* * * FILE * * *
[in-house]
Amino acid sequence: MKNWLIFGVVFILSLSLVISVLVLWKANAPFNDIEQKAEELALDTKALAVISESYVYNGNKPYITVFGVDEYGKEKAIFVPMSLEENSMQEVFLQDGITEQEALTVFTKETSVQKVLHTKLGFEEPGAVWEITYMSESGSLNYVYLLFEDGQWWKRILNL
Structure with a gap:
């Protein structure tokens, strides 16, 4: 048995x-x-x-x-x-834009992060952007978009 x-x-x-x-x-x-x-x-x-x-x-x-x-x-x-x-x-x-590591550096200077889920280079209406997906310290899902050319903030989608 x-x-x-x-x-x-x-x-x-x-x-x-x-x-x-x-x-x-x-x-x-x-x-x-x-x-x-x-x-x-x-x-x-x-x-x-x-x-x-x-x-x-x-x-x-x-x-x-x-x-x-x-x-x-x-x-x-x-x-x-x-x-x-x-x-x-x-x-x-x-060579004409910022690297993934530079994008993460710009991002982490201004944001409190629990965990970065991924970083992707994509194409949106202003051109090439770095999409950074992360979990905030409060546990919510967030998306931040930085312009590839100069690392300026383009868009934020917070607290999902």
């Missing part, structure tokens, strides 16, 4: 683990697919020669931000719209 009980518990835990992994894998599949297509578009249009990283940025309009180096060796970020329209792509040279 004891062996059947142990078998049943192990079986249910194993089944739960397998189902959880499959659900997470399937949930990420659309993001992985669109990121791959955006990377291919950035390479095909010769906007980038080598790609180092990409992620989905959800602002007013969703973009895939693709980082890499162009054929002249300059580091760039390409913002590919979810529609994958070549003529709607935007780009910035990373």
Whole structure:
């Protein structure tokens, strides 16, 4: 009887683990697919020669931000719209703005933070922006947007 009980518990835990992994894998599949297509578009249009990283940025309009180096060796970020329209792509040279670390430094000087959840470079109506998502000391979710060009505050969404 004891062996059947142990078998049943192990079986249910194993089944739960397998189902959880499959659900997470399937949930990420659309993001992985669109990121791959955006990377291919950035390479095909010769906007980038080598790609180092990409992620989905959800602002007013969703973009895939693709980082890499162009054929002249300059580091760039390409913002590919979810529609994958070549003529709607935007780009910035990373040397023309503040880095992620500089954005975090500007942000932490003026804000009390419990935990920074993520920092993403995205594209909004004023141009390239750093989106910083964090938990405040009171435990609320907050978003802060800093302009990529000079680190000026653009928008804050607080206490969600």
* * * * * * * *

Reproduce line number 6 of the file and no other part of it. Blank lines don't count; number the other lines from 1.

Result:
Whole structure: